more workers to keep up with sales.  This would result in the wage
inflation that the Fed likes to focus on.  However, as inflation picks up
and the Fed finally has to start reining in the money supply gold could
actually decrease.  It would be the opposite of what happened over the
past decade.  Just as stocks often price in all of the good news perhaps
gold has done the same in regards to inflation?  Asset prices love to move
ahead of the actual events.  Perhaps it is a good time for gold investors
to lock in some gains if they were using it as a hedge against inflation.

Disclaimer
Paragon Wealth Management is a provider of managed portfolios for individuals and institutions. Although the information included in this report has been obtained from sources Paragon believes to be reliable, we do not guarantee its accuracy. All opinions and estimates included in this report constitute the judgment as of the dates indicated and are subject to change without notice. This report is for informational purposes only and is not intended as an offer or solicitation with respect to the purchase or sale of any security. Past performance is not a guarantee of future results.

Watch out for a Russian in a Speedo

Posted March 7, 2013 by admin. tags:
Sunny Beach


Written by Dave Young, President & Founder of Paragon Wealth Management

I recently returned from a trip to the Dominican
Republic.   The trip was for a group of
30 entrepreneurs and their wives who were graduates of BYU.

The trip was great.
It was a chance to get out of the cold.
It was good to network with an upbeat, successful group of people.  The days were nice, sitting on the beach,
listening to the waves and enjoying the sun.

In retrospect, it reminds me of the stock market the past
few months.  There has been very mild back
and forth movement within a general uptrend.
All in all, it has been a good time to be invested.

About midweek, I was involved in a beach volleyball
game.  Everything was going great until
this guy from Russia wearing a Speedo decided to go for the ball in the zone I
was covering.   He hit me full force with
his shoulder going into my left lower ribcage.
Both of us ended up out of bounds on the ground – with me getting the
worst of it – with two broken ribs.

That sudden change of events kind of put a damper on the
trip.  Much like market sell-offs put a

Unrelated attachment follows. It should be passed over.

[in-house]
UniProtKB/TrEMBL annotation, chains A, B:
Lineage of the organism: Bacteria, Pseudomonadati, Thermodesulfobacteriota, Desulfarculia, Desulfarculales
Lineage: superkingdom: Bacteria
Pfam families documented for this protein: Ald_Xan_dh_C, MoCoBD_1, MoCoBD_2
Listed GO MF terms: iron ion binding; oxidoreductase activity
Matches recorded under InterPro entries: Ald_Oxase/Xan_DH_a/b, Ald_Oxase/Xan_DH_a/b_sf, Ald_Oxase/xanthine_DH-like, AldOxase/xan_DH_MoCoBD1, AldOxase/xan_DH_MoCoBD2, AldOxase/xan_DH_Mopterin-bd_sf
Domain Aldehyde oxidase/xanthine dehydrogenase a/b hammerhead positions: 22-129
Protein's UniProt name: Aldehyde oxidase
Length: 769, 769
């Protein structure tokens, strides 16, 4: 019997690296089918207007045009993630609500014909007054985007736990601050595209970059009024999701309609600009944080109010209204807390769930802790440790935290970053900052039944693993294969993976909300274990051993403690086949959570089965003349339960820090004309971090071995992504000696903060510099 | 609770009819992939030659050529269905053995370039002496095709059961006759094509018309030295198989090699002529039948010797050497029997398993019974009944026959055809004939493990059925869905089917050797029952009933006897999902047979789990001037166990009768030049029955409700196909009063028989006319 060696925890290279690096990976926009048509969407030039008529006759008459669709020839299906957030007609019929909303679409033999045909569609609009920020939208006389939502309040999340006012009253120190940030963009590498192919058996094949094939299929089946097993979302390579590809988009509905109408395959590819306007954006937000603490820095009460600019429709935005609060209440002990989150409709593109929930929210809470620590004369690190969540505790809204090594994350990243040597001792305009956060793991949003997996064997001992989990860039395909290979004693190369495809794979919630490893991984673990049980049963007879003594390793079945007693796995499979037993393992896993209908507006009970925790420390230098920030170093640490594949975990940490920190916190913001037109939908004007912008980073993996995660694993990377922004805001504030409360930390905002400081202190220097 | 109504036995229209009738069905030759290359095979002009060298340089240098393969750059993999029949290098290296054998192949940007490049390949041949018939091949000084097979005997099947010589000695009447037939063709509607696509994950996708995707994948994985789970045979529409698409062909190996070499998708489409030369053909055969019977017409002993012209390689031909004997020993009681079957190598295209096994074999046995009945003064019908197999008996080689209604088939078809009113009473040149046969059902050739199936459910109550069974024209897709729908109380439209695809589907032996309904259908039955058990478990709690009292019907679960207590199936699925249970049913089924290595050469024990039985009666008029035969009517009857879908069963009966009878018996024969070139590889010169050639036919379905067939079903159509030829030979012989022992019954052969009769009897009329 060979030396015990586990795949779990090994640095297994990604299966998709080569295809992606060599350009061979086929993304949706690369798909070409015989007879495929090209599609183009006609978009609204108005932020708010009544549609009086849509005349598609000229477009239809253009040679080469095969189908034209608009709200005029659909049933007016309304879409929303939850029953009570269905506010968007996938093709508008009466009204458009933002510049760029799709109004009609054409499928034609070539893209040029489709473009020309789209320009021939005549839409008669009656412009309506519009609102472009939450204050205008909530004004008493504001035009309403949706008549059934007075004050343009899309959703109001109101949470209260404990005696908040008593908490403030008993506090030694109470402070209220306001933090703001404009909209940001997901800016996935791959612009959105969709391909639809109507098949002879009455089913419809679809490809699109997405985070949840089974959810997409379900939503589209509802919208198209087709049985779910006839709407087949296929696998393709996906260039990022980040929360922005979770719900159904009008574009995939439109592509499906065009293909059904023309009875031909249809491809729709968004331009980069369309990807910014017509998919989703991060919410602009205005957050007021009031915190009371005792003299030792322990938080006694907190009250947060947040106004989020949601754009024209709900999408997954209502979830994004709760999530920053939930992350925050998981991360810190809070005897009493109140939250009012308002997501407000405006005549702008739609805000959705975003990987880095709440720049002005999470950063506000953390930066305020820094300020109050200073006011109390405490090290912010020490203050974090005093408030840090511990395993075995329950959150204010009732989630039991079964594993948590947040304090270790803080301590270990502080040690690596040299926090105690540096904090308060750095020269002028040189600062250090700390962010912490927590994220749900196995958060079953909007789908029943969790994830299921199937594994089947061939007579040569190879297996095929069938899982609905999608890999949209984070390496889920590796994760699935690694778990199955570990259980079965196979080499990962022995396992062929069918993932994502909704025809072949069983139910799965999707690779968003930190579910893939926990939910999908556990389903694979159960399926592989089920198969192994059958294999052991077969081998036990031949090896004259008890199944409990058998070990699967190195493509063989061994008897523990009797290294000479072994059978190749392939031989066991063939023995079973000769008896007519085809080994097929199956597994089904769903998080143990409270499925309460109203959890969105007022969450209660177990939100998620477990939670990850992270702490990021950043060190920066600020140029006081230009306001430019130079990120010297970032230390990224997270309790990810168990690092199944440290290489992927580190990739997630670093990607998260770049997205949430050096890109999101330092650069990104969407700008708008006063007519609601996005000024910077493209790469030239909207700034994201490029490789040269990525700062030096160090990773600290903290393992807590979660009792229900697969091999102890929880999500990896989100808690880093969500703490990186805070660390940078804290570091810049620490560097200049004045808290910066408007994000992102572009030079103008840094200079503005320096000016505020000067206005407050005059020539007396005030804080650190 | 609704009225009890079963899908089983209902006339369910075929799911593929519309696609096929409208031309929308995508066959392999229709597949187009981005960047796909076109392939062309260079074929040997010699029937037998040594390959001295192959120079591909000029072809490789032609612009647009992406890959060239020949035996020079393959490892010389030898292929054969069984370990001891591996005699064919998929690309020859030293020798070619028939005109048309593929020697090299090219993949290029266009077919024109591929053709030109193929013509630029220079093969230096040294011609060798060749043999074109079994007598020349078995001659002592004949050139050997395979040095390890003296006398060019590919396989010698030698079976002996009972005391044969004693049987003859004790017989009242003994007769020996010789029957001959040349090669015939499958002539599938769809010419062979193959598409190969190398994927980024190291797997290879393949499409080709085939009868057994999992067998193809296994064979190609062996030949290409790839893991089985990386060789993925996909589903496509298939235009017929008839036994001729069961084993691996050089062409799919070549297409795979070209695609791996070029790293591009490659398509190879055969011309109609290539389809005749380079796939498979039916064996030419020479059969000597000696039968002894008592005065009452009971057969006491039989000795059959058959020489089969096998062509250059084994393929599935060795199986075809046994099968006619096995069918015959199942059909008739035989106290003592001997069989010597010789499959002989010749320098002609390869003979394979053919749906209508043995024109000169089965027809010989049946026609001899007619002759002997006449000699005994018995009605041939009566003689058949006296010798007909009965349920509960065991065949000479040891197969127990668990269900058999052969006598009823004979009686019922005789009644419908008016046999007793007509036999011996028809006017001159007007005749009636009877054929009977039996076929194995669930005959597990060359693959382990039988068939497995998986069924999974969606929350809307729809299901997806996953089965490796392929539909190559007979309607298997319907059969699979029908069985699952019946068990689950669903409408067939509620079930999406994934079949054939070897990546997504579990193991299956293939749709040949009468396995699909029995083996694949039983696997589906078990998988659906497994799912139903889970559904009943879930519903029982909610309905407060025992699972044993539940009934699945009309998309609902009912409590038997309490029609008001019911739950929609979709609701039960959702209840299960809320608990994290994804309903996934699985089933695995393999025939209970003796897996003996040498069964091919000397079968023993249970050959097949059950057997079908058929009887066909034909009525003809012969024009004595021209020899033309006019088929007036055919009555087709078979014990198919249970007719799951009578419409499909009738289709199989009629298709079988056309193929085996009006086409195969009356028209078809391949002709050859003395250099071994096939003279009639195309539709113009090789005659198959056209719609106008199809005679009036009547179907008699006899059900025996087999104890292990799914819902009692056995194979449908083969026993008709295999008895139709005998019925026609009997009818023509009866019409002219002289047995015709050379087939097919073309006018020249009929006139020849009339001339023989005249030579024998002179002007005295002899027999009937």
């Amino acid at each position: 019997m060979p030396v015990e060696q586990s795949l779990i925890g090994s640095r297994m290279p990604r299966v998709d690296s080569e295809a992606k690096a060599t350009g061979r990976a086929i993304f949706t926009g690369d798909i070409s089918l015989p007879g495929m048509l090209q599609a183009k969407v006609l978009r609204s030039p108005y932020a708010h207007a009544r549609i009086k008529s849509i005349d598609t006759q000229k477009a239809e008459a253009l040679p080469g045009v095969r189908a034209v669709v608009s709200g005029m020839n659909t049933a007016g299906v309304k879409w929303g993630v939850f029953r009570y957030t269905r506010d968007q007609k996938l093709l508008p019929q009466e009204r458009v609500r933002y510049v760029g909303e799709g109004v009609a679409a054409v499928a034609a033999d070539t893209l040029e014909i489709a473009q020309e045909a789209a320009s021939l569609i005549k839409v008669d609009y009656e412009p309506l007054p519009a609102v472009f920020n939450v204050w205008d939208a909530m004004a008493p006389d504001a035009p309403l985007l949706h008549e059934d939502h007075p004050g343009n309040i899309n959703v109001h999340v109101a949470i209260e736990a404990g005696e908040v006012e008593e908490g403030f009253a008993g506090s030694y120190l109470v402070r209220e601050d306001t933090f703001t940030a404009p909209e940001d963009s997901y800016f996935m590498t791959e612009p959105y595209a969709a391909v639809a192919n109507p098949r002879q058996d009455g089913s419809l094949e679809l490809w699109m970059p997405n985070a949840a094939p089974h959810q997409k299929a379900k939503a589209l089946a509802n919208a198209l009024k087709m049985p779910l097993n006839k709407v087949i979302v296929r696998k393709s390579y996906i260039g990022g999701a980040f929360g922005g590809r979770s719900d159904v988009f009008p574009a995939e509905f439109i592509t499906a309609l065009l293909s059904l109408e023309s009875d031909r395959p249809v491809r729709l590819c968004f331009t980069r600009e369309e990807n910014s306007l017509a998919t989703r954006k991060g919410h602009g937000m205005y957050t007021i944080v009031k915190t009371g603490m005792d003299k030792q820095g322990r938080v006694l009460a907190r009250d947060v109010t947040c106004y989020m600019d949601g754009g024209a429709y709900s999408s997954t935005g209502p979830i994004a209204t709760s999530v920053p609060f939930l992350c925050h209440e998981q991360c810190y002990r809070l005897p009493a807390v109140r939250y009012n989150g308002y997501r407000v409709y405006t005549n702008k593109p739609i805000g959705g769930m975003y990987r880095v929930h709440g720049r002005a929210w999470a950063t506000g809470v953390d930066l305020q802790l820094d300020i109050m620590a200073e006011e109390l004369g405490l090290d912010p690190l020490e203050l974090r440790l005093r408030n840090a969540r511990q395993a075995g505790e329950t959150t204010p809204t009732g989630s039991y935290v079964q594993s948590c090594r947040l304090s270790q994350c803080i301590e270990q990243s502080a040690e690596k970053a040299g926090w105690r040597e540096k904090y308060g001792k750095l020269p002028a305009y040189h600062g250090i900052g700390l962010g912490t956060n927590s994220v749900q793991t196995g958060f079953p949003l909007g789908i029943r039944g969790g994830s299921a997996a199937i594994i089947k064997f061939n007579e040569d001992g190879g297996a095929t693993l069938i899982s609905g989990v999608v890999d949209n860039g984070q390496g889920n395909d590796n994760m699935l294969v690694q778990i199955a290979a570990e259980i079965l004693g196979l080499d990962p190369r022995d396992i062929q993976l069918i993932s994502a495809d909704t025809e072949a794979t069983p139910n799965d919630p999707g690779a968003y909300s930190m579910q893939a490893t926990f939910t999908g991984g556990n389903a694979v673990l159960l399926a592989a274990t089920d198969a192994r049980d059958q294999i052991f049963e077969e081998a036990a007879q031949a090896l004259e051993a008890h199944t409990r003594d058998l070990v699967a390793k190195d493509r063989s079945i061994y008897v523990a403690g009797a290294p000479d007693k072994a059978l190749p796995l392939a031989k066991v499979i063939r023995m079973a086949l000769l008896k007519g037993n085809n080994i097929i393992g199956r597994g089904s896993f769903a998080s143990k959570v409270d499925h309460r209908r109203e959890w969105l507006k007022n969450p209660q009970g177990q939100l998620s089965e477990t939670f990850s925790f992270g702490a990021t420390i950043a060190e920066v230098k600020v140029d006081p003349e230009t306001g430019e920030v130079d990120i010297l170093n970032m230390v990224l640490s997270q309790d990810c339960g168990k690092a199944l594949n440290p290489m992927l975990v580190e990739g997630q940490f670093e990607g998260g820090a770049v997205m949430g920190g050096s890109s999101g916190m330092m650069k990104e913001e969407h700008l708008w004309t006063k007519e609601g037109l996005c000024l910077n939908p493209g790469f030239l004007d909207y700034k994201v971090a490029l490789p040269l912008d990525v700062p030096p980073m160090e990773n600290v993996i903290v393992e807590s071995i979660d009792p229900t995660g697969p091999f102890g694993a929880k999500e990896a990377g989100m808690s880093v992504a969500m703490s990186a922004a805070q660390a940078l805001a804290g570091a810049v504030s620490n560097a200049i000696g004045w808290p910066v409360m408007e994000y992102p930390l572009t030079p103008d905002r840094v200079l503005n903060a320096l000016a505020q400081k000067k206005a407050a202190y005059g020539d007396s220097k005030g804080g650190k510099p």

damper on nice market up-trends. 

The moral of the story is to never be complacent.  When investing -especially when times are
good- we are always looking over our shoulder and preparing for the next bad
thing that might happen.  They say the
best traders are somewhat paranoid.  When
investing, hope for the best but prepare for the worst.  When in the Dominican Republic – watch out
for that Russian in a Speedo…

Disclaimer
Paragon Wealth Management is a provider of managed portfolios for individuals and institutions. Although the information included in this report has been obtained from sources Paragon believes to be reliable, we do not guarantee its accuracy. All opinions and estimates included in this report constitute the judgment as of the dates indicated and are subject to change without notice. This report is for informational purposes only and is not intended as an offer or solicitation with respect to the purchase or sale of any security. Past performance is not a guarantee of future results.

 

Spring Housing Market Update

Posted March 1, 2013 by admin. tags:
Spring Couple

Written by Nathan White, Chief Investment Officer of Paragon Wealth Management

This is an interesting article for anyone interested in
buying or selling a home in the current environment.  Many regions in the
country are now experiencing a lack of supply which has given the sellers the
upper hand.  It’s certainly a different market than the last few years to
say the least.

To view the article, please visit bloomberg.com

Here is an excerpt of the article: